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“How did the elephants we adopted know my husband had suddenly died?”

July 15, 2018

The book ‘An Elephant In My Kitchen‘ sheds amazing new light on the profound relationship between man and beast

 

Other aspects of the elephants’ behaviour were out of character, too. All 21 of them were jostling about at the gate, clearly agitated. Restless, they walked in a jumble to the front of the lodge, stayed there for a few minutes, then paced round to the back again

What were we thinking? Out of the blue, an animal welfare organisation had asked us to adopt a herd of aggressive rogue elephants — and we’d immediately agreed.

At the time, back in 1999, my husband, Lawrence, and I had just sold everything we owned to buy a large expanse of South African savannah, in the hope of one day turning it into a game reserve.

We were just living in a basic hut, and none of the land was yet fenced.

Neither of us knew anything about elephants, so we were hardly suitable foster parents. Indeed, until I met Lawrence, I’d never seen a wild animal, not even in a zoo.

But there was simply no one else crazy enough to take in the emotionally disturbed elephants. Since being attacked by poachers, they’d been causing havoc near Kruger National Park, and their future looked bleak.

Françoise Malby-Anthony and her husband, pictured together, adopted a herd of aggressive rogue elephants back in 1999

Lawrence Anthony, pictured, and his wife were the only ones crazy enough to take them in after they began causing havoc near Kruger National Park

Never one to resist a challenge, Lawrence started frantically appealing for donations to raise funds for an electrified fence. He succeeded just in time: the manager of the land where the elephants were roaming phoned to say that he wouldn’t keep them for another day.

‘If they don’t leave tomorrow, we’ll have to shoot them,’ he said. The next day, he called again. ‘We had some trouble with the matriarch,’ he said without preamble. ‘I shot her. She’s a bloody nightmare and would have broken out of your reserve and flattened someone. I took out the baby, too.’

I was beside myself with anger and despair.

Even I knew that a herd’s matriarch is their teacher, referee, keeper of memories, travel guide and bush stateswoman rolled into one.

‘This is bad, Frankie, really bad,’ Lawrence said to me. ‘How the hell did he think this poor herd would cope after losing their leader? He probably shot the matriarch right in front of them.’

I began to worry even more about what we were taking on.

The herd had already been in a bad way, and now they’d be even more traumatised — but without a leader to calm them. In the middle of that night, in torrential rain, the seven other elephants arrived in three huge articulated trucks. Two breeding adult females, two teenagers, and three little ones under the age of ten.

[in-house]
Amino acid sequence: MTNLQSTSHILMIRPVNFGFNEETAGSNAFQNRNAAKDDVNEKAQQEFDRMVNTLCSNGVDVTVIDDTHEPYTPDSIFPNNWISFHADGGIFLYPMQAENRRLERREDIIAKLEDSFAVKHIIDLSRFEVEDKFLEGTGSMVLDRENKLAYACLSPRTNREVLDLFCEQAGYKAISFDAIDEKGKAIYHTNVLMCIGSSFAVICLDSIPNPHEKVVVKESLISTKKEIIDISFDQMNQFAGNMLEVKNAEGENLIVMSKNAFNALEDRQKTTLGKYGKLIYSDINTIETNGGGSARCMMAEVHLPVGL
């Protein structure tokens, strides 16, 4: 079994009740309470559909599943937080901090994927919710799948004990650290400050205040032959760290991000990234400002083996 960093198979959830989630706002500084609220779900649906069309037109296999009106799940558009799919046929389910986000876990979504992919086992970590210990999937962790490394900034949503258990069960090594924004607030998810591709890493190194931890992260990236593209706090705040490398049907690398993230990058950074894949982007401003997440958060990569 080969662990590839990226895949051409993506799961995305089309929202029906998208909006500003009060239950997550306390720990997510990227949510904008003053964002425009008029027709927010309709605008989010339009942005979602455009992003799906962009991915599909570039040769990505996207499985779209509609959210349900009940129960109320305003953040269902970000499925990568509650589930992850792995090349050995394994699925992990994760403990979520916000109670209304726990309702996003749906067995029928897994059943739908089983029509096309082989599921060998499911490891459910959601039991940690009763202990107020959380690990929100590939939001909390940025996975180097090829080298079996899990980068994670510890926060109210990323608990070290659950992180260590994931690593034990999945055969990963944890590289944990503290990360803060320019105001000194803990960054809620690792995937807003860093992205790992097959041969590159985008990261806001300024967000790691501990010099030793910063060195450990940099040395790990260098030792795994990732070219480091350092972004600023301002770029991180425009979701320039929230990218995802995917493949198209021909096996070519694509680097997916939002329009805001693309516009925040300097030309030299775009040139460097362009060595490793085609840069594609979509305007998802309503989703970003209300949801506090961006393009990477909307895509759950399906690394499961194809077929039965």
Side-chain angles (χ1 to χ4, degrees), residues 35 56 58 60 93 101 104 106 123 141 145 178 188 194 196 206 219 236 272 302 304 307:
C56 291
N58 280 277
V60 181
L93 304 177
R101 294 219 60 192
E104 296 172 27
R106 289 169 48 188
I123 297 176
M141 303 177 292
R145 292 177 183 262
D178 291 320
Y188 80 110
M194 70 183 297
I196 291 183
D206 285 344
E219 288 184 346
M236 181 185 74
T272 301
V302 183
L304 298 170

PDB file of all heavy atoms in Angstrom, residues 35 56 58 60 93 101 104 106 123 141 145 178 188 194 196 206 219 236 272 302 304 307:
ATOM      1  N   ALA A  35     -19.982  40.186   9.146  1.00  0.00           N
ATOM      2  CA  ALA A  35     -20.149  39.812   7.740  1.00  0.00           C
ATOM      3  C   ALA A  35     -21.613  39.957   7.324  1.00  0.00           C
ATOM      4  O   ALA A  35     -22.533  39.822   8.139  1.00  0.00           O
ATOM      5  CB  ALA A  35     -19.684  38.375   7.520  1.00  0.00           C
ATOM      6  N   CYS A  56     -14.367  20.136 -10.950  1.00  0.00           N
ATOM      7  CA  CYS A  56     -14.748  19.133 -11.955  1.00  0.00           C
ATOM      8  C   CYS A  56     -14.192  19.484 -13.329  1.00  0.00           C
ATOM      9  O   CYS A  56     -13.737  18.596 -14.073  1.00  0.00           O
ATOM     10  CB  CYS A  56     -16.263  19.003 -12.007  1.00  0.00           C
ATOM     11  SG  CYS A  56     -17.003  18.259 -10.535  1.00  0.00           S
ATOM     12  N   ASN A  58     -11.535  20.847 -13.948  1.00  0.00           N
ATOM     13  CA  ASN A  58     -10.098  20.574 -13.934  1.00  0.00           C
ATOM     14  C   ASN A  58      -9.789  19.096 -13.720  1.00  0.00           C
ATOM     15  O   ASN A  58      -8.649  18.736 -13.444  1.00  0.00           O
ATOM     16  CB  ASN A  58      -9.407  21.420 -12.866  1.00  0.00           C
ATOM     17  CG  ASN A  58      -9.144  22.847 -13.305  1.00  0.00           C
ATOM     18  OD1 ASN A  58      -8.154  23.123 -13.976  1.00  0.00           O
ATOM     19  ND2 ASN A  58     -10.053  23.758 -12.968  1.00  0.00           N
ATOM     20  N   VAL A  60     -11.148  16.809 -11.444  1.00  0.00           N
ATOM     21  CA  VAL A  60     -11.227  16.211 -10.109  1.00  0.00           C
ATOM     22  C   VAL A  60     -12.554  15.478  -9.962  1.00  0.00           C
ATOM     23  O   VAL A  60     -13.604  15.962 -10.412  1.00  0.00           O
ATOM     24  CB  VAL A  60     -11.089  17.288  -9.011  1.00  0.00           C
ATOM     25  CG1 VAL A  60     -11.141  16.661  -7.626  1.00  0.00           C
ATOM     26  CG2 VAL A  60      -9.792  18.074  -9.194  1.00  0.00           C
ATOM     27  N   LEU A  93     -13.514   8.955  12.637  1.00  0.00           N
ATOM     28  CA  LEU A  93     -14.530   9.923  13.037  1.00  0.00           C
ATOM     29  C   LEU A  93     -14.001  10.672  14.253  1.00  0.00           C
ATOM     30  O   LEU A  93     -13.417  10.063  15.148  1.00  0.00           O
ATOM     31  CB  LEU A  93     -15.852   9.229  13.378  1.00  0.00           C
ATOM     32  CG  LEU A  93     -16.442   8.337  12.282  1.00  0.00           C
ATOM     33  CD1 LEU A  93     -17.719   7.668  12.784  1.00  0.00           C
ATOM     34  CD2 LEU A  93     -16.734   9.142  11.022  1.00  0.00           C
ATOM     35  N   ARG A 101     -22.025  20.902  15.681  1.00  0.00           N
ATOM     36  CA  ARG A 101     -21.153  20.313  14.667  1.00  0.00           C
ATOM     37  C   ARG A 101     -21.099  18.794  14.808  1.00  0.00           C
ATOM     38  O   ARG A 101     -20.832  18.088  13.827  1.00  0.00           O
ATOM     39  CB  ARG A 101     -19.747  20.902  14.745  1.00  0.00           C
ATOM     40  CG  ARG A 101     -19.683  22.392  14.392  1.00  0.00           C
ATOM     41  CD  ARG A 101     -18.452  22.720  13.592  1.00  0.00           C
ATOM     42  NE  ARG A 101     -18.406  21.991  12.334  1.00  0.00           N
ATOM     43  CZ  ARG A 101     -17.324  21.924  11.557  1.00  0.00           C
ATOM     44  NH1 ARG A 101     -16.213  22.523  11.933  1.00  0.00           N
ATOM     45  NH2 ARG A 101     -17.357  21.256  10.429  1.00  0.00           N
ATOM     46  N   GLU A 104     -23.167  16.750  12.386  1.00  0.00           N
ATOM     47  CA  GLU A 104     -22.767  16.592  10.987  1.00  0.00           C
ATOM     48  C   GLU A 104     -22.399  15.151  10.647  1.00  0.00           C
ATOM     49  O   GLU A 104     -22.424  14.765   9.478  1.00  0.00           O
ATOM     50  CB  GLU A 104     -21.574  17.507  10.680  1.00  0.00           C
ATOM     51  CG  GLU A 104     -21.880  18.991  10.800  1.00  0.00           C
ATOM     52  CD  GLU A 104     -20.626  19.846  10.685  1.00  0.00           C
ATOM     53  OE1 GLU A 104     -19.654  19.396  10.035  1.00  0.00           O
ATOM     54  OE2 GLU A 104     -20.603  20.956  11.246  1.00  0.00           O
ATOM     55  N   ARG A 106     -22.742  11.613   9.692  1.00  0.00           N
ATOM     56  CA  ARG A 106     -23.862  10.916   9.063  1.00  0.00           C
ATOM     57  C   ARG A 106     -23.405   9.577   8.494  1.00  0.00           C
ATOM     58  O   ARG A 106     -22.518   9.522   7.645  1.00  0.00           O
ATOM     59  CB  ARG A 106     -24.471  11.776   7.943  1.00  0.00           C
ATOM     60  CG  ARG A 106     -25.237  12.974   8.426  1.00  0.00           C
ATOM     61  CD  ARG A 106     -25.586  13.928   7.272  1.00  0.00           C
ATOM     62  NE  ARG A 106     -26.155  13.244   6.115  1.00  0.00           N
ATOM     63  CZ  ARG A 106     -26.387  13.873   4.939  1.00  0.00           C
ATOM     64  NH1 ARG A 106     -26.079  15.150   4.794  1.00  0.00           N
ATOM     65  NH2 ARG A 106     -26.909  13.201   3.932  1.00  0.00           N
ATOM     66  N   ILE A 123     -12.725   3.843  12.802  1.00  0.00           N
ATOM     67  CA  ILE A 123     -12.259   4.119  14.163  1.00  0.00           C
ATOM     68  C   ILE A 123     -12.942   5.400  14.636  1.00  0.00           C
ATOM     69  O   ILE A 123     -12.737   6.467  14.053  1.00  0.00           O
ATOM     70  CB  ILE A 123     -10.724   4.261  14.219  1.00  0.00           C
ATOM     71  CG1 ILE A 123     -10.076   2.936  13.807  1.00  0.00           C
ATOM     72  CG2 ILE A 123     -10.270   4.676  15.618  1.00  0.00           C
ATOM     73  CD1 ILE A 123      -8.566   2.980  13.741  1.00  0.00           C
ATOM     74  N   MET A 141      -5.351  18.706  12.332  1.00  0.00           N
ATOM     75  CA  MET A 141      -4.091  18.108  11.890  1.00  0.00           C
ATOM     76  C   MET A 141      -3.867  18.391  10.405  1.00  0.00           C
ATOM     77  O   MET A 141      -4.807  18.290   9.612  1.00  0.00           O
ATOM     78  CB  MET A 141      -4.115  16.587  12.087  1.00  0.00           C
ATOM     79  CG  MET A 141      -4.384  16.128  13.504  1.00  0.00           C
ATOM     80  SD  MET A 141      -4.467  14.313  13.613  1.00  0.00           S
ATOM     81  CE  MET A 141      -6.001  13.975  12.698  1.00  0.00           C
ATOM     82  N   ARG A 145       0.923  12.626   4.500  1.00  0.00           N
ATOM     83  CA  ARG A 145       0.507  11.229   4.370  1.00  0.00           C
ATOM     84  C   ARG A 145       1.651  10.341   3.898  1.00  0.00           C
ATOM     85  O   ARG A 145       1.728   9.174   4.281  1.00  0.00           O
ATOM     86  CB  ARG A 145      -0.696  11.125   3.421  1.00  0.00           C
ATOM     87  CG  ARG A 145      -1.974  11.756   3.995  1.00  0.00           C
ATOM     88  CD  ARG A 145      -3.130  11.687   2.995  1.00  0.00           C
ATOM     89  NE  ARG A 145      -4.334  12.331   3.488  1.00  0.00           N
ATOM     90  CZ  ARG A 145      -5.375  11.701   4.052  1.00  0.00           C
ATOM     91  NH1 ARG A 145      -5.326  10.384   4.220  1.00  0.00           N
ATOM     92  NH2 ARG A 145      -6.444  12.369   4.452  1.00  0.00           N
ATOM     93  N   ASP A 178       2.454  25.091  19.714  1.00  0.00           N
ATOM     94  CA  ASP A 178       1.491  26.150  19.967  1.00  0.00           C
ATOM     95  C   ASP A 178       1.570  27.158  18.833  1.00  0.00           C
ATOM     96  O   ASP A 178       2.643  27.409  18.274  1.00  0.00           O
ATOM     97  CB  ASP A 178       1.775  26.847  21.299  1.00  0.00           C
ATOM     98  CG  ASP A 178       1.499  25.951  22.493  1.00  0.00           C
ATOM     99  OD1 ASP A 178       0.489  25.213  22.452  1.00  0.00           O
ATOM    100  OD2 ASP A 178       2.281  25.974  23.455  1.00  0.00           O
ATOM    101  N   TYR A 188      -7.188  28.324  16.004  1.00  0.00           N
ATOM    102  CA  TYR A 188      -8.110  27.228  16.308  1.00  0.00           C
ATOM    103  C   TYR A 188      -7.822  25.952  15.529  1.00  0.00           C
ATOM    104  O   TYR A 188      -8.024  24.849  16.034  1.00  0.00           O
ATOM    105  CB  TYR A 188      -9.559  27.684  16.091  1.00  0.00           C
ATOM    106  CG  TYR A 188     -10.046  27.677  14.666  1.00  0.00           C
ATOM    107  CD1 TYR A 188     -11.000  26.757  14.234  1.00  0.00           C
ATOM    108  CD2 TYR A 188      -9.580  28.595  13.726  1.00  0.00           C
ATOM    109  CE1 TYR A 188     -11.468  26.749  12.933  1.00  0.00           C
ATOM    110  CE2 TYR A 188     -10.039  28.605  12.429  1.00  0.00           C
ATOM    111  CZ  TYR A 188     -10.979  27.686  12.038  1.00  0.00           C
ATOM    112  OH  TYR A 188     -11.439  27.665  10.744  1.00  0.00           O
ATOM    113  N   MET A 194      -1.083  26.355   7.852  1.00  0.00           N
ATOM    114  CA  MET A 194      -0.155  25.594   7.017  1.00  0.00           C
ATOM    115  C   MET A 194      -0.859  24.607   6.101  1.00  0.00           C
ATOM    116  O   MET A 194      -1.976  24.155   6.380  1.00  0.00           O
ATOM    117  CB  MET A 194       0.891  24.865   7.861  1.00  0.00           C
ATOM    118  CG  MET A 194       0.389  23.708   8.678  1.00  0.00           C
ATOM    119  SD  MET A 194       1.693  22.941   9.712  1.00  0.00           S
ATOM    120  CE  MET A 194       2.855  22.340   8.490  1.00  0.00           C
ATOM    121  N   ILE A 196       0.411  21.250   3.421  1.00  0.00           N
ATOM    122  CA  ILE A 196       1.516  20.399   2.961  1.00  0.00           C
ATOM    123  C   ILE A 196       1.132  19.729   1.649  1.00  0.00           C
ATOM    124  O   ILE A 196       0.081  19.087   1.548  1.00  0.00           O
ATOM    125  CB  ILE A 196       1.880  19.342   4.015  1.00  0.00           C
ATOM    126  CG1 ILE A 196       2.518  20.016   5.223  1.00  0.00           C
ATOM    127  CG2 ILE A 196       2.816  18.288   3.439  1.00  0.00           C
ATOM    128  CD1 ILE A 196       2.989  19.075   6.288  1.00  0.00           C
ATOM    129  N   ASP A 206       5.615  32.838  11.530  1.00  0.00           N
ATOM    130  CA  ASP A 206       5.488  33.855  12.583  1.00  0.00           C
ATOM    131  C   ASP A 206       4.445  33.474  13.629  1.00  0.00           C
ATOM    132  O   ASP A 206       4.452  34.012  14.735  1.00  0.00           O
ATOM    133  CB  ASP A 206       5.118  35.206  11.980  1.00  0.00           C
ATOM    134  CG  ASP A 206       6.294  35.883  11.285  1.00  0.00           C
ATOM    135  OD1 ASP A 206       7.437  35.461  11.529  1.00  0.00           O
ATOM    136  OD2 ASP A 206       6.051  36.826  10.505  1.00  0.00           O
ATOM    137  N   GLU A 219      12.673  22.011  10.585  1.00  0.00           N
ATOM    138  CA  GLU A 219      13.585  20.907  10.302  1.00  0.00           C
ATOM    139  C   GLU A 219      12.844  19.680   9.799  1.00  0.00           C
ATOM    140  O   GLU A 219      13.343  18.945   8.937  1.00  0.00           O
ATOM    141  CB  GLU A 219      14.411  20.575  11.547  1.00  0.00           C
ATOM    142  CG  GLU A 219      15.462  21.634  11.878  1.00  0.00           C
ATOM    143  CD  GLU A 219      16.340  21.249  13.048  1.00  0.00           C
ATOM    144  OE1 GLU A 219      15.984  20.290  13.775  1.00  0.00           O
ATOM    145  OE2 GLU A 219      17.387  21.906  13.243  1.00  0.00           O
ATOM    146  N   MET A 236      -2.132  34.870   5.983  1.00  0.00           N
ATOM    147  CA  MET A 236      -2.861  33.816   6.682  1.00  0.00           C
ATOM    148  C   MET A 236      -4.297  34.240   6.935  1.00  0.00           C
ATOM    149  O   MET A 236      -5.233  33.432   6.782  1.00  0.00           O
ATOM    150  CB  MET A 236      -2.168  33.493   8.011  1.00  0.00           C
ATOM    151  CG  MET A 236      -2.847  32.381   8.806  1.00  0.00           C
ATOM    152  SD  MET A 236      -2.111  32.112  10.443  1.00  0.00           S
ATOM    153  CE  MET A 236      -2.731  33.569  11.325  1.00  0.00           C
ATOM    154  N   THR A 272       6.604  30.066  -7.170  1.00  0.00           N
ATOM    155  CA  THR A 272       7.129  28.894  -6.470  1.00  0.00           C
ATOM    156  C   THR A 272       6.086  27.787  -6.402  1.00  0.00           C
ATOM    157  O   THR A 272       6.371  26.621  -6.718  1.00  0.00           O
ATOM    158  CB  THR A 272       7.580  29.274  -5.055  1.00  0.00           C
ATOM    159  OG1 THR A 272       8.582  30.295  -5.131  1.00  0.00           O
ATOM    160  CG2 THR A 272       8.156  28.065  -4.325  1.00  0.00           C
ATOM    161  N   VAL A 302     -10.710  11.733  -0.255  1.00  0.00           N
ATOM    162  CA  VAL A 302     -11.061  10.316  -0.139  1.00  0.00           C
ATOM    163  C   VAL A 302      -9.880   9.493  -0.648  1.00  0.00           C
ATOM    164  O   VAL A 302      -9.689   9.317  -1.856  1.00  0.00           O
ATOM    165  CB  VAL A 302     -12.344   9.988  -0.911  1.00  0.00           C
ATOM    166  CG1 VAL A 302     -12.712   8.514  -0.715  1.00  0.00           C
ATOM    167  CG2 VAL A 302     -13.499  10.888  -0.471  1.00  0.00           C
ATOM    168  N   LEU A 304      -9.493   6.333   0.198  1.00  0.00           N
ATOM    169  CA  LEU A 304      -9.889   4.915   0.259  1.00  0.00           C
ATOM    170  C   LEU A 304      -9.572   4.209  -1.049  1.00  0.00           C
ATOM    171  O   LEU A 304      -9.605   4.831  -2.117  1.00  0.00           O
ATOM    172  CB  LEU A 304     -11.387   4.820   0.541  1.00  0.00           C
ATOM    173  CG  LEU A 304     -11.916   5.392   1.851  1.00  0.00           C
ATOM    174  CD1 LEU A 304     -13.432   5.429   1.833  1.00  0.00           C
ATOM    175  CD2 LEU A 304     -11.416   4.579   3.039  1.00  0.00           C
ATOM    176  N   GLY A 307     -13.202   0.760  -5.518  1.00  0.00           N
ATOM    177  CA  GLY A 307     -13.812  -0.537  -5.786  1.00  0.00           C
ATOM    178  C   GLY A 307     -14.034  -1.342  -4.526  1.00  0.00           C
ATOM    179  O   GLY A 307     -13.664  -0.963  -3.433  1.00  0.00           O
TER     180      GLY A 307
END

The manager of the land where the elephants were roaming phoned to say he had killed the matriarch just days before the adoption

They led the elephants into a temporary enclosure, protected by a new electrified fence – but they weren’t there for long

My heart froze at their terrified trumpeting and screeching as we struggled to get them into a temporary enclosure, protected by a new electrified fence.

They weren’t there for long.

By the next day, they’d worked out that pushing a nine-metre tree onto the electric fence would cause the wires to short. And off they went, heading northwards in the direction of their previous home. Hundreds of villages dot the hills and valleys around our game reserve in Zululand, so we knew there was every chance they’d be killed.

You’d think it would be easy to find a herd of elephants, but it isn’t. For ten days, they managed to evade trackers on foot, in 4x4s and helicopters. And when we did at last get them back, we were warned by the authorities that they’d be shot if they escaped again.

By then, it was clear that a new matriarch — whom we called Nana — had taken over, but the elephants were still deeply distressed. Drawing on his instincts, Lawrence did what he could to reassure them. Night after night, he stayed as close to the flimsy wires as he dared, singing to them, talking to them and telling them stories until he was hoarse.

He was utterly determined to breach their terror of man.

One hot afternoon, he came home and said: ‘You won’t believe what happened. Nana put her trunk through the fence and touched my hand.’ My eyes widened in shock. Nana could easily have slung her trunk around his body and yanked him through the wires.

‘Please get out of this alive,’ I begged.

For ten days, they managed to evade trackers on foot, in 4x4s and helicopters. And when we did get them back, we were warned by the authorities that they’d be shot if they escaped again

CONTINUE

From → Interlude

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